Review: Blobby Boys and Fata Morgana

by Shea Hennum

Blobby Boys, Alex Schubert, and Fata Morgana, Jon Vermilyea (Koyama Press)

In Blobby Boys, cartoonist Alex Schubert creatively combines sharp, geometric shapes with organic, obtuse form to completely bypass the established visual vocabulary. That’s not to say that his cartooning is Blobby1hard to read; quite the opposite, in fact. But he does have a unique way of rendering and representing objects that appear wholly unlike the way others do.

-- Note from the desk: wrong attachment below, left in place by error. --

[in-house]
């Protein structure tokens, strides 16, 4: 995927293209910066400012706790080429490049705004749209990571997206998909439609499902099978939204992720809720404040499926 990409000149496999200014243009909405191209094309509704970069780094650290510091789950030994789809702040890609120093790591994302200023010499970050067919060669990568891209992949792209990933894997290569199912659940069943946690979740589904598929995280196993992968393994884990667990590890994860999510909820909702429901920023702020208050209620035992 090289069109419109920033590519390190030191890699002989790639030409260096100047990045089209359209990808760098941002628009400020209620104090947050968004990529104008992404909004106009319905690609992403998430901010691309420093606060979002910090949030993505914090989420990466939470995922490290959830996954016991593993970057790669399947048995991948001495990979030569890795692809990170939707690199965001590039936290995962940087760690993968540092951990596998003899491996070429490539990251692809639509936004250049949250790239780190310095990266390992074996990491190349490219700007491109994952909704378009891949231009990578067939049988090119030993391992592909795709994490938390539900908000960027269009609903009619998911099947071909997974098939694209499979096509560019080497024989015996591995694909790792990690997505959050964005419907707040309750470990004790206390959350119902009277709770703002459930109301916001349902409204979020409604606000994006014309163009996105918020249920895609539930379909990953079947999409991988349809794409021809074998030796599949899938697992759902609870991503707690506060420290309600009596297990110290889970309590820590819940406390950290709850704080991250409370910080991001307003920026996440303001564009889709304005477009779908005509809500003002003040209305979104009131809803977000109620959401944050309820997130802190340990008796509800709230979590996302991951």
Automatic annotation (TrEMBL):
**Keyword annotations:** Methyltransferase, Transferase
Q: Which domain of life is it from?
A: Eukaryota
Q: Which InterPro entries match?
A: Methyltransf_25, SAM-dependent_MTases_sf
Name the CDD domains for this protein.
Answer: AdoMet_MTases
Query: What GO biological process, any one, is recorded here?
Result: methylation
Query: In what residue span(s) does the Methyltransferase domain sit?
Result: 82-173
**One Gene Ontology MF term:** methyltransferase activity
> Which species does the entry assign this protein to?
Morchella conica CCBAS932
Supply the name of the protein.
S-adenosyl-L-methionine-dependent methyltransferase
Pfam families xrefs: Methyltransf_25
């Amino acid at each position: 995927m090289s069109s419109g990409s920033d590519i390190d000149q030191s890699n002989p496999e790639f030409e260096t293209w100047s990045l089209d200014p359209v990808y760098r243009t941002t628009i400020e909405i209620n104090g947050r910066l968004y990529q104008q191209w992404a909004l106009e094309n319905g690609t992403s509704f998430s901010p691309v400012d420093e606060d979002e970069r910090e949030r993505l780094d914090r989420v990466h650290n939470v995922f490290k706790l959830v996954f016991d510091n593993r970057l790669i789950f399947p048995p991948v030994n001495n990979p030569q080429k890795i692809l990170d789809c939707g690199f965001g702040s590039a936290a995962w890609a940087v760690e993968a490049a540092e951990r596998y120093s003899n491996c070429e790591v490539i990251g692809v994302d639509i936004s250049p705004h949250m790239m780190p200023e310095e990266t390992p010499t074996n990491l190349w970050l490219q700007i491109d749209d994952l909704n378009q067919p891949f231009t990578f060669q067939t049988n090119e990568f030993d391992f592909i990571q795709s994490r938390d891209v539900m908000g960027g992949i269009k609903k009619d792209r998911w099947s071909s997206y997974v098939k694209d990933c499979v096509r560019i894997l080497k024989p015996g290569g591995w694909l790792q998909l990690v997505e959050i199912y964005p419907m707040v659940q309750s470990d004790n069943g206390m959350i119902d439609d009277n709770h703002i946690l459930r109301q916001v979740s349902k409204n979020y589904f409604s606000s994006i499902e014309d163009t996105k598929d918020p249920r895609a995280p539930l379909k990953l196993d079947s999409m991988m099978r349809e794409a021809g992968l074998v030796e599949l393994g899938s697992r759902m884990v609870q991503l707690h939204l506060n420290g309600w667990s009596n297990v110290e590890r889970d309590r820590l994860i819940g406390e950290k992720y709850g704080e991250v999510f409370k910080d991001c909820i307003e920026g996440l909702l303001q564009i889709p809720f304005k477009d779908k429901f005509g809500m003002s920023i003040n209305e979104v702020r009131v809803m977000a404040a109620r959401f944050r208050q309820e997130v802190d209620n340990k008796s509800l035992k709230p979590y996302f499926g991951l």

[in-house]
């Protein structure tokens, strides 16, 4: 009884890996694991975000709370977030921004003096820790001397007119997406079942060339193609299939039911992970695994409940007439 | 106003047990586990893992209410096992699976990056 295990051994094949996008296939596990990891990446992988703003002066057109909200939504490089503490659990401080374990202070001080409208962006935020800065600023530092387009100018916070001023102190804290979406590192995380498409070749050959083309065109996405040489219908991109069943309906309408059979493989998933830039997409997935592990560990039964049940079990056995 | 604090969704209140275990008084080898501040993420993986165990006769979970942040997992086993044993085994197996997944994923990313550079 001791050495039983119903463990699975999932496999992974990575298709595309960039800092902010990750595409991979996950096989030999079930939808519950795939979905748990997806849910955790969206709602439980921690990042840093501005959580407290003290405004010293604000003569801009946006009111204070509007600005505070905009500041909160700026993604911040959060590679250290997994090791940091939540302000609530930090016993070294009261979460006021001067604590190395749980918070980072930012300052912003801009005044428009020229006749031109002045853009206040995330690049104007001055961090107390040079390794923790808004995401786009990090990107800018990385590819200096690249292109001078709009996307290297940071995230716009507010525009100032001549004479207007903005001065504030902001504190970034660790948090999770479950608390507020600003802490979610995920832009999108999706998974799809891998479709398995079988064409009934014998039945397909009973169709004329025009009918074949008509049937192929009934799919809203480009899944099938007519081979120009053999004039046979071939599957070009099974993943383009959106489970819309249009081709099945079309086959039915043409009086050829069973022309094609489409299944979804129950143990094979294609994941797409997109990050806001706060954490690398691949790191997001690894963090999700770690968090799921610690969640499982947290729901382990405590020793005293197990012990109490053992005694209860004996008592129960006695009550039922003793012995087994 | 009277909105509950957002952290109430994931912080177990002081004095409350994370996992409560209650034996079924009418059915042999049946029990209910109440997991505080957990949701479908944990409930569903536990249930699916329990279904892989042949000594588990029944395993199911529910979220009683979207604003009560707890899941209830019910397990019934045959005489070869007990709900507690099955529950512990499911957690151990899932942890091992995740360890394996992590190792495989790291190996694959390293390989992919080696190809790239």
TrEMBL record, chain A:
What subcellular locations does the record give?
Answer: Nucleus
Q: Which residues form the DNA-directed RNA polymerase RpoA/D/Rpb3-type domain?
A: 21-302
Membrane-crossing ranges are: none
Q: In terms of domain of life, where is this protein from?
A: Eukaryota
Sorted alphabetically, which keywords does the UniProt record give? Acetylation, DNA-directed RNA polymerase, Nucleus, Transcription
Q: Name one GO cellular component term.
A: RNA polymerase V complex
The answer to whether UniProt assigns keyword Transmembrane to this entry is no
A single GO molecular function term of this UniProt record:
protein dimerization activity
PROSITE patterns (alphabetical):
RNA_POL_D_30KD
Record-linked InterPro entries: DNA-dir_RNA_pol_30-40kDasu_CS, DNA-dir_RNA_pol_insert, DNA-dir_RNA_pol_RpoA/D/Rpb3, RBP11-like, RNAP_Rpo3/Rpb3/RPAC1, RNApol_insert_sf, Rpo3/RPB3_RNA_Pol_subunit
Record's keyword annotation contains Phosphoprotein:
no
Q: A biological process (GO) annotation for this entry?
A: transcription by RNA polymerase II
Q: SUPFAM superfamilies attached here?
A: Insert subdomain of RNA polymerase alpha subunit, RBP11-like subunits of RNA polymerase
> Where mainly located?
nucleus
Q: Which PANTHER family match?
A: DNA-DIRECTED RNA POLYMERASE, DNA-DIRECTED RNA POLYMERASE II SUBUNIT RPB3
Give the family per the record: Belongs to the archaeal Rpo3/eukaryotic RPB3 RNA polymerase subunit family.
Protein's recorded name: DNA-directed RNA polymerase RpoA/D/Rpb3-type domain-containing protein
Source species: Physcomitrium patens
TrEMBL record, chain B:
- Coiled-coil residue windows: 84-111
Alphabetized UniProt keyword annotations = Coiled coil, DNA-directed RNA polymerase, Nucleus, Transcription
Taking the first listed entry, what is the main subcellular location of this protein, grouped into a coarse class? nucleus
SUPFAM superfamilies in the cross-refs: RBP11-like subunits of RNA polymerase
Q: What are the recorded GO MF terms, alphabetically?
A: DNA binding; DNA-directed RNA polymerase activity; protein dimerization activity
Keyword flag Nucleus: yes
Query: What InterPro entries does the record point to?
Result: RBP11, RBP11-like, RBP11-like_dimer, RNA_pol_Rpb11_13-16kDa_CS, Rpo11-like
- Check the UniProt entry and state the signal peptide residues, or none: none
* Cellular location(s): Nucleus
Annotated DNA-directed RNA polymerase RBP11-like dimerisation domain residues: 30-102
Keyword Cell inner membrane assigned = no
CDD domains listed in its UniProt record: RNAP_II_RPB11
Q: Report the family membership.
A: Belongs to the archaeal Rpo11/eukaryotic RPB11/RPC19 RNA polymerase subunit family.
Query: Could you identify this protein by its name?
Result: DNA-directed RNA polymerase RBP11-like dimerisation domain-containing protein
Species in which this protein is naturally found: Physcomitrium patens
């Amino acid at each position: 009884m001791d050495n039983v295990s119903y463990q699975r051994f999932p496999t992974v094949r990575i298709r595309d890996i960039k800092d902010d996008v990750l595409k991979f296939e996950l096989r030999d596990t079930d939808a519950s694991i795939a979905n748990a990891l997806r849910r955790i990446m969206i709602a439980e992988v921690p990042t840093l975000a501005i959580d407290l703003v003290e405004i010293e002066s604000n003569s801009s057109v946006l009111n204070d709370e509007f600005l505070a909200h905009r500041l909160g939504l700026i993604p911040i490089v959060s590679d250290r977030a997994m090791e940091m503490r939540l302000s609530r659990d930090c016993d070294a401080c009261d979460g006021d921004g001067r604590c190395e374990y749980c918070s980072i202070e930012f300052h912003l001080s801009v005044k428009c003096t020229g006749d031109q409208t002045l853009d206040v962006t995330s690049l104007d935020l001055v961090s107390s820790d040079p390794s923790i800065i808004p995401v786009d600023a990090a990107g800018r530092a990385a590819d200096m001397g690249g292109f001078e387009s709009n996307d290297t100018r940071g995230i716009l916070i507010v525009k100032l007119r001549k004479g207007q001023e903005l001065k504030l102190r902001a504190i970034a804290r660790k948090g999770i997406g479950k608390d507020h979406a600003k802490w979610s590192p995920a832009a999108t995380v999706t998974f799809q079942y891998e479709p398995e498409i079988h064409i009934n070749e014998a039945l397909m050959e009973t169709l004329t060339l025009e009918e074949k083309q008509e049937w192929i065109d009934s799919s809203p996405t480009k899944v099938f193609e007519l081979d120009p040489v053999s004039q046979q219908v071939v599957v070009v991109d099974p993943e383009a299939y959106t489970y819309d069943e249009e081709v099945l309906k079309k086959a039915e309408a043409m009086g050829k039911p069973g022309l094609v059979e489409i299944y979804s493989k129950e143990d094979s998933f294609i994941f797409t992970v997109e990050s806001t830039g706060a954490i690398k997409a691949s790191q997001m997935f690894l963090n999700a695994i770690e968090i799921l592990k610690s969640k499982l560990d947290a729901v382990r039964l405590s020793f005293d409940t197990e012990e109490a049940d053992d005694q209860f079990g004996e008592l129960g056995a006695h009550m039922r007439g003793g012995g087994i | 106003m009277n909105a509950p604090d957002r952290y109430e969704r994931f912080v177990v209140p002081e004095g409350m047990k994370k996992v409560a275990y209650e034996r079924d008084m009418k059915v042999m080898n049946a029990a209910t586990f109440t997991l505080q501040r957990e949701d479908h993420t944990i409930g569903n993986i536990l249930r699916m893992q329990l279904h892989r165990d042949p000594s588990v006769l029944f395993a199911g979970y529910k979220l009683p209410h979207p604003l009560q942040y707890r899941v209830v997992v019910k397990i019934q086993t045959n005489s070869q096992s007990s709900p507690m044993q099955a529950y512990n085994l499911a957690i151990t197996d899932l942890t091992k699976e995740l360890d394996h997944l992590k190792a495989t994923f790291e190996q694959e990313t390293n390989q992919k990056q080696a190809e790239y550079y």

For example, as VICE Comics Editor Nick Gazin mentions in the book’s introduction, in “Cyber Surfer” the one-page strip that opens the book (and was originally produced for VICE), Schubert draws one man punching the brain out of another. But the artist renders the brain as a puffy cloud of pink goop, emboldened with a heavy-black outline. Inside the cloud are symbols, “$” and “#.” The action is clear to read: you’re not confused about who did what and how to whom. But the way that it is depicted is so unlike how other cartoonists draw that identical action. And there’s something intrinsically interesting and fun about watching a creator give the finger to a well-trod path. It’s not often that we get to see someone try something genuinely new, even if what they’re trying is just a different and new visual shorthand for everyday objects.